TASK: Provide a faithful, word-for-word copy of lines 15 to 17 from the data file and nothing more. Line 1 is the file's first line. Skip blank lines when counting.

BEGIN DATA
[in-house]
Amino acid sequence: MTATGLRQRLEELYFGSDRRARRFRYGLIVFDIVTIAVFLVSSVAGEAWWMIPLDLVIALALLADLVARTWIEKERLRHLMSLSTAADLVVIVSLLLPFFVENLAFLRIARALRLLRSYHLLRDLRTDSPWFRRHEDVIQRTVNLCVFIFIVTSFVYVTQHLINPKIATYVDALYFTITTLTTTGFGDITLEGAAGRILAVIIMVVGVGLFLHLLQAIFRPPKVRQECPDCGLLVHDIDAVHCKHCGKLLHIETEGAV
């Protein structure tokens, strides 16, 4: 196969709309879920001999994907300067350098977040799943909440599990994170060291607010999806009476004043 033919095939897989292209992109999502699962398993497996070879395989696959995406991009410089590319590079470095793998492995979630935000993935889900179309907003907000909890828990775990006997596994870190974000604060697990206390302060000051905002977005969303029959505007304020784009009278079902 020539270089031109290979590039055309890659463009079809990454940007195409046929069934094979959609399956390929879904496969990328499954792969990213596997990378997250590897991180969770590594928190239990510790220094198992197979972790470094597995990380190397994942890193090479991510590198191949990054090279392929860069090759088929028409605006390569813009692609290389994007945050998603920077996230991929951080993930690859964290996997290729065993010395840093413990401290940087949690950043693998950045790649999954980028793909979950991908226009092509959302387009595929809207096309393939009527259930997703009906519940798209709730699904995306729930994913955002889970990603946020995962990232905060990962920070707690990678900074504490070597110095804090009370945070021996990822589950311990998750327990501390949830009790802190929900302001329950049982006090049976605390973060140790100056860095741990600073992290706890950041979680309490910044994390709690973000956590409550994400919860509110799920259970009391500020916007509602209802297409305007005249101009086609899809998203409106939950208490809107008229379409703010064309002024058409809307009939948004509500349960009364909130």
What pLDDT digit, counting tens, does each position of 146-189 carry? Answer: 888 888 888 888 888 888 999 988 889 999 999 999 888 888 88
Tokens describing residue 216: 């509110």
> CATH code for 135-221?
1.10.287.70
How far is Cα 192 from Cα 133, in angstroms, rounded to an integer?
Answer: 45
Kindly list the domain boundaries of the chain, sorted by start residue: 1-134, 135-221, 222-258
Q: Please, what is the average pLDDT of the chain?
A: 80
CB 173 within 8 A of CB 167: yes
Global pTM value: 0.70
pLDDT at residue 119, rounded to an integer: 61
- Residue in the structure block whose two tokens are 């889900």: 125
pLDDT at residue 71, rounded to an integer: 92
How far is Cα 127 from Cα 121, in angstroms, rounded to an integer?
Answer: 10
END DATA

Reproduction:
pLDDT at residue 119, rounded to an integer: 61
- Residue in the structure block whose two tokens are 């889900």: 125
pLDDT at residue 71, rounded to an integer: 92